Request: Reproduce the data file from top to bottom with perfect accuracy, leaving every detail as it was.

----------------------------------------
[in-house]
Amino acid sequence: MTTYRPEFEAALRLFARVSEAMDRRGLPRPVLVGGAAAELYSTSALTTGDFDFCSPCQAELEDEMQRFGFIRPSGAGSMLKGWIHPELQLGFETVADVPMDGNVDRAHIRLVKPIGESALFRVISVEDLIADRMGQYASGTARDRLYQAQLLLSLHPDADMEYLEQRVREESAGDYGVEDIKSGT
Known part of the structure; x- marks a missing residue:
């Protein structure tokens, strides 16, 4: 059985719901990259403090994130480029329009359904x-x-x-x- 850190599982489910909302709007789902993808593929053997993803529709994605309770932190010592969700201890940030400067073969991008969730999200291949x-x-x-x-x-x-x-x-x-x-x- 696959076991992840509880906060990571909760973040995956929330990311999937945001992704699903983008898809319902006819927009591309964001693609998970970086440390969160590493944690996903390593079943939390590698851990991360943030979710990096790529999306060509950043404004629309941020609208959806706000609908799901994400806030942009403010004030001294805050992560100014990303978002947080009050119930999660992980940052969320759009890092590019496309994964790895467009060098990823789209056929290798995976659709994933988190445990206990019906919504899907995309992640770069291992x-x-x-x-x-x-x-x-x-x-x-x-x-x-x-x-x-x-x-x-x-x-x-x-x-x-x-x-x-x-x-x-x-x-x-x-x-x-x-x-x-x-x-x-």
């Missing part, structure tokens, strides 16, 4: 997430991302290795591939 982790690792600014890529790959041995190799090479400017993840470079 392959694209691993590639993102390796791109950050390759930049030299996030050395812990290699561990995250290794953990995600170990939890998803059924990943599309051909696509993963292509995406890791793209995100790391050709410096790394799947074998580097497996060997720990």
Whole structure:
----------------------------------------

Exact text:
[in-house]
Amino acid sequence: MTTYRPEFEAALRLFARVSEAMDRRGLPRPVLVGGAAAELYSTSALTTGDFDFCSPCQAELEDEMQRFGFIRPSGAGSMLKGWIHPELQLGFETVADVPMDGNVDRAHIRLVKPIGESALFRVISVEDLIADRMGQYASGTARDRLYQAQLLLSLHPDADMEYLEQRVREESAGDYGVEDIKSGT
Known part of the structure; x- marks a missing residue:
């Protein structure tokens, strides 16, 4: 059985719901990259403090994130480029329009359904x-x-x-x- 850190599982489910909302709007789902993808593929053997993803529709994605309770932190010592969700201890940030400067073969991008969730999200291949x-x-x-x-x-x-x-x-x-x-x- 696959076991992840509880906060990571909760973040995956929330990311999937945001992704699903983008898809319902006819927009591309964001693609998970970086440390969160590493944690996903390593079943939390590698851990991360943030979710990096790529999306060509950043404004629309941020609208959806706000609908799901994400806030942009403010004030001294805050992560100014990303978002947080009050119930999660992980940052969320759009890092590019496309994964790895467009060098990823789209056929290798995976659709994933988190445990206990019906919504899907995309992640770069291992x-x-x-x-x-x-x-x-x-x-x-x-x-x-x-x-x-x-x-x-x-x-x-x-x-x-x-x-x-x-x-x-x-x-x-x-x-x-x-x-x-x-x-x-």
């Missing part, structure tokens, strides 16, 4: 997430991302290795591939 982790690792600014890529790959041995190799090479400017993840470079 392959694209691993590639993102390796791109950050390759930049030299996030050395812990290699561990995250290794953990995600170990939890998803059924990943599309051909696509993963292509995406890791793209995100790391050709410096790394799947074998580097497996060997720990």
Whole structure: